Life As A Puppy
Your Puppy’s “Stages of Growth”
Up to 8 Weeks – Neonatal, Physical Awareness, Canine Socialization
Up to the age of eight weeks, puppys spend all of their time with mom and littermates. During this time puppies learn how to correctly interact in a variety of different situations. They also learn proper social behavior through play. Young pups also learn to accept discipline from their mom for their improper actions. It is also during this time that they learn not to relieve themselves in the den. It is strongly advised that puppies remain with their mother and littermates through at least the age of 8 1/2 weeks.
8 to 16 Weeks – It’s A Strange New World
During this period of time a puppy’s mind is like a big sponge. The most rapid learning occurs durning this time. A puppy’s long term memory is established during this time. This is the perfect time to start basic training.
A puppy’s attention span is very short, so any training should be done in short segments of one to three minutes. Remember, any training you do must be fun for the dog or it will not want to learn. This would also be the best time to start introducing the puppy to other important things in its life. After the initial bonding period has been completed, take the necessary time to introduce your puppy to new things.
Things like new people, places, other animals, cars, the washing machine and other unusual items in it’s world. At this age, puppies are driven by curiosity, so they don’t usually have a fear of to many things. If you take the time to introduce all of these things in a positive and non-threatening way, you will have a more confident dog as time goes by.
From five to eleven weeks any traumatic, frightening or painful experience can have a more lasting effect on the puppy. It is advisable that you avoid or at least minimize any situations that might frighten, traumatize or cause pain. If handled incorrectly, you may instill a lasting fear of the things that frightened it. (car horns, loud noises, the vet etc). Never coddle, or over sympathize with the puppy if it shows a fear response.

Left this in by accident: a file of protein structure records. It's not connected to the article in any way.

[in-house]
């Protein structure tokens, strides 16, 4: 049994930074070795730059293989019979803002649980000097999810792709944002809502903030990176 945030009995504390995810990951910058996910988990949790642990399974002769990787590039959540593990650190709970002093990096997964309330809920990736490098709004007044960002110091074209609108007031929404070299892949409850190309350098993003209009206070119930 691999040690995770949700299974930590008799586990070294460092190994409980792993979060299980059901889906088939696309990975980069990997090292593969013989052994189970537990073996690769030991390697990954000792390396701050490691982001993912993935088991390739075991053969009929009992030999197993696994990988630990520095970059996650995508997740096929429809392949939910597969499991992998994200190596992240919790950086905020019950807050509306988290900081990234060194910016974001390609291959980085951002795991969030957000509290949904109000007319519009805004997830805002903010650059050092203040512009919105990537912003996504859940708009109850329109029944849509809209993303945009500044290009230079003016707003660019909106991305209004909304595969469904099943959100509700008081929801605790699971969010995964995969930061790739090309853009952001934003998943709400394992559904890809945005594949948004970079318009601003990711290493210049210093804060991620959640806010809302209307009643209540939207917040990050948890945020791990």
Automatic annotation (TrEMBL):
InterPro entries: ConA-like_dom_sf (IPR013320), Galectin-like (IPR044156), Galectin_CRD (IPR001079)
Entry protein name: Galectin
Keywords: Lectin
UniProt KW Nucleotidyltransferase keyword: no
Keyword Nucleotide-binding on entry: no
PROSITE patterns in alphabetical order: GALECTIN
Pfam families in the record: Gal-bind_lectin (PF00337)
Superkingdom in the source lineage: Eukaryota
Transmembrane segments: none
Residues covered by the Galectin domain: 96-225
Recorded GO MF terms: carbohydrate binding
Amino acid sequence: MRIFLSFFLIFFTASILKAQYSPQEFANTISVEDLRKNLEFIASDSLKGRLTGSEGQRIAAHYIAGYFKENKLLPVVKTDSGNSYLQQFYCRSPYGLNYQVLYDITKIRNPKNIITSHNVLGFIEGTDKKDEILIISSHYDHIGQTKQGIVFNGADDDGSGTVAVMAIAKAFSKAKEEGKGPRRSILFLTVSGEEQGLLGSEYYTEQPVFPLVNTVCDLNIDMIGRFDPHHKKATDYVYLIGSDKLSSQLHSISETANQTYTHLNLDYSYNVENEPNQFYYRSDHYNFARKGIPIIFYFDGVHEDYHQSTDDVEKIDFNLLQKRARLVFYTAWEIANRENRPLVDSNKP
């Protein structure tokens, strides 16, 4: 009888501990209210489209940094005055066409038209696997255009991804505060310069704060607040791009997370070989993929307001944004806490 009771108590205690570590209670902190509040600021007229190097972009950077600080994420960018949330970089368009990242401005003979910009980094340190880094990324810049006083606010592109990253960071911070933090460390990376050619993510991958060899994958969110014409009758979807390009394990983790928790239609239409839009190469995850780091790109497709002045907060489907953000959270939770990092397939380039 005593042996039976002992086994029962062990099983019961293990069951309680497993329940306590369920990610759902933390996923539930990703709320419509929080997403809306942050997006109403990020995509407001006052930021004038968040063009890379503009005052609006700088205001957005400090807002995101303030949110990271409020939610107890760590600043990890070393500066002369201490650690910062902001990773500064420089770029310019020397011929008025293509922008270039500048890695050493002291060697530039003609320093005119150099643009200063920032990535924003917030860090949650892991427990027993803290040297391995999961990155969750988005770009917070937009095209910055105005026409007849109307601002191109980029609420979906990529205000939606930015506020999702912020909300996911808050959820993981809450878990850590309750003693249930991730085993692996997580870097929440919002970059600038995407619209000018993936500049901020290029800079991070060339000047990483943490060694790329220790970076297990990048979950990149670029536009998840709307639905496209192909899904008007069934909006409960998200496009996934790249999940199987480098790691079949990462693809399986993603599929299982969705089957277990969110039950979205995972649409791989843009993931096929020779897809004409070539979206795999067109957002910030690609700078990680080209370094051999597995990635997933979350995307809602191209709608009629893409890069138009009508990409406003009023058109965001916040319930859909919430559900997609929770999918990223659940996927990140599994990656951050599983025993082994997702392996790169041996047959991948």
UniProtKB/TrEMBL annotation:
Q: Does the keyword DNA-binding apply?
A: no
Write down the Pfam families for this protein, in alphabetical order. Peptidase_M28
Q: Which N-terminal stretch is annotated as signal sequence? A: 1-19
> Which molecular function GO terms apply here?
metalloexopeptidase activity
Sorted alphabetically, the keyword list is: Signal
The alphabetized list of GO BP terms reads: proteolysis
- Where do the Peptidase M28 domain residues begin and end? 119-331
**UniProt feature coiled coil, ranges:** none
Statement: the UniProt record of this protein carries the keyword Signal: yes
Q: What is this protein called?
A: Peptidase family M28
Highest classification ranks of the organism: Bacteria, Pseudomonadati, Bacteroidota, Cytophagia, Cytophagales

If you have an already timid or fearful puppy this can further ingrain the fear and make it harder to remove it later. We suggest that you simply say “It’s OK” or “You’re Fine” and then redirect the puppy on to a positive activity like training or a play session.
One other point needs to be mentioned. The period between six and sixteen weeks can be a dangerous time for a puppy. Above all else, a puppies health issues must take center stage. Just one sniff at a location where a sick dog has relieved itself (within the last 6 months) can infect your puppy with the parvo virus or another life threatening disease. For this reason, when introducing new things, places and dogs, use your common sense. Only introduce it to places and dogs that you know are completely healthy.
13 to 16 Weeks – Coming into Their Own
Puppies start to cut their teeth about this time, so by now you should have discouraged all biting and your puppy should have learned bite inhibition.
It is also important that the bond between you and your puppy be fully established. If its not, this should become your top priority. If you don’t have a strong bond you will be in for a few very tough years. This bond of mutual trust and respect allows you the access to teach your puppy the things it needs to know as well as the behaviors you expect. With your consistent “parental like” leadership you will make leaps and bounds in your training.
The eight to sixteen week period is the most important time in your dog’s life. It will learn more during this time than it will at any other time in it’s life. Most behaviorists feel that the personality traits that your dog exhibits at sixteen weeks will accurately reflect what it will be like as an adult dog. The only way to change an unwanted trait will be extensive training and/or behavior modification. So it is important that you work hard to give your puppy the best start in life possible.